Shell’s role in Saro-Wiwa’s death


This video is called The Case Against Shell: ‘The Hanging of Ken Saro-Wiwa Showed the True Cost of Oil’.

From British daily The Independent:

Secret papers ‘show how Shell targeted Nigeria oil protests’

Documents seen by The IoS support claims energy giant enlisted help of country’s military government

By Andy Rowell

Sunday, 14 June 2009

Serious questions over Shell Oil‘s alleged involvement in human rights abuses in Nigeria emerged last night after confidential internal documents and court statements revealed how the energy giant enlisted the help of the country’s brutal former military government to deal with protesters.

The documents, seen by the IoS, support allegations that Shell helped to provide Nigerian police and military with logistical support, and aided security sweeps of the oil-rich Niger Delta. Earlier this month Shell agreed to pay $15.5m (£9.6m) in a “humanitarian settlement” on the eve of a highly embarrassing US lawsuit.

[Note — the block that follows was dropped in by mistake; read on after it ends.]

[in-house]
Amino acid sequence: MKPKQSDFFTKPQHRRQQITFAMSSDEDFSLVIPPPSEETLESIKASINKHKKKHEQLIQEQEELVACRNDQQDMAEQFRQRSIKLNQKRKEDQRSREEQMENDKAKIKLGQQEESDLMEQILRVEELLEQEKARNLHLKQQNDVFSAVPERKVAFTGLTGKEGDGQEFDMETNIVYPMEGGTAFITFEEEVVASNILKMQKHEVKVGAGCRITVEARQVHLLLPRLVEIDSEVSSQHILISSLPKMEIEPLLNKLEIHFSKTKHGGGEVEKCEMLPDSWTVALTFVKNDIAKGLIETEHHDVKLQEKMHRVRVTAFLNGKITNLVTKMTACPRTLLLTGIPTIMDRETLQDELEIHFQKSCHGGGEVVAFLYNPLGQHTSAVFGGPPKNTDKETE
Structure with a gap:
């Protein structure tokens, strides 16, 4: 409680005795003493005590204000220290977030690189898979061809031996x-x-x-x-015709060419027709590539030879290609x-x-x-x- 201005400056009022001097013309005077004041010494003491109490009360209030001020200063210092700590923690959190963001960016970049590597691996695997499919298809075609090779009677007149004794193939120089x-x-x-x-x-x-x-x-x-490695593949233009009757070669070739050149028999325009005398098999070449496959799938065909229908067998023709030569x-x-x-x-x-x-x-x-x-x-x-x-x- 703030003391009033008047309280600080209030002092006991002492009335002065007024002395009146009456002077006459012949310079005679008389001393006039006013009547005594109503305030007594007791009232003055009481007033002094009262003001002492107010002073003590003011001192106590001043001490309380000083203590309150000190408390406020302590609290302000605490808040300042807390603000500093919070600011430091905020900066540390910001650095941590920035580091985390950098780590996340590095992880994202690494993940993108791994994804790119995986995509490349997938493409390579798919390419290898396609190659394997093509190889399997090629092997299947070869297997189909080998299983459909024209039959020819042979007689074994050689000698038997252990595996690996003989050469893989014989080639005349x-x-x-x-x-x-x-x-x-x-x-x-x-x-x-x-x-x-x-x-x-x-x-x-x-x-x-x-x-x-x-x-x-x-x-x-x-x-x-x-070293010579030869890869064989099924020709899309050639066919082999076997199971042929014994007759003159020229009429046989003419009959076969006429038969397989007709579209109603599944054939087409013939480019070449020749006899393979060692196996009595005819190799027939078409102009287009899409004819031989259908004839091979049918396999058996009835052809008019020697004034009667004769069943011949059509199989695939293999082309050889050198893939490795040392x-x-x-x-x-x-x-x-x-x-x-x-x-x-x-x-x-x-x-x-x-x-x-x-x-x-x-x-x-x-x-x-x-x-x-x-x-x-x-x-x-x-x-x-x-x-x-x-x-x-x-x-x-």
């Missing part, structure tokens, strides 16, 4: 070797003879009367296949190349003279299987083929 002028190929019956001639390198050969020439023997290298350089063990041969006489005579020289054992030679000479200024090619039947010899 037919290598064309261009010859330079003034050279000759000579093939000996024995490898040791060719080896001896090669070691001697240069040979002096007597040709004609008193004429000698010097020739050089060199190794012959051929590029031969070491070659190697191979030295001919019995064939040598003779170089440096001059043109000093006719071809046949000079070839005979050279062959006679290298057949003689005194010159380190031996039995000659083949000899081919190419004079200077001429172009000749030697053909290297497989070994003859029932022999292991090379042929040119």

One of the allegations was that Shell was complicit in the regime’s execution of civilians. The Anglo-Dutch firm denies any wrongdoing and said it settled to help “reconciliation”. But the documents contain detailed allegations of the extent to which Shell is said to have co-opted the Nigerian military to protect its interests.

The legal settlement came 14 years after the Abacha government hanged nine protesters, including Ken Saro-Wiwa, the environmentalist and writer, after a charade of a trial in 1995. Saro-Wiwa led a successful campaign against Shell in his Niger Delta homeland, even forcing the company to quit Ogoniland in 1993. The campaign focused on environmental devastation and demanded a greater share of oil revenues for his community. As the campaign grew, the Ogoni suffered a brutal backlash that left an estimated 2,000 dead and 30,000 homeless. The documents claim there was systematic collusion with the military and Mobile Police Force (MPF), known as the “Kill and Go”. Shell has always denied this but is believed to have settled in court as a result of the embarrassing contents.

In one document written in May 1993, the oil company wrote to the local governor asking for the “usual assistance” as the Ogoni expanded their campaign. There was a stand-off between the Ogoni and the US contractor Willbros, which was laying a pipeline. Nigerian military were called in, resulting in at least one death.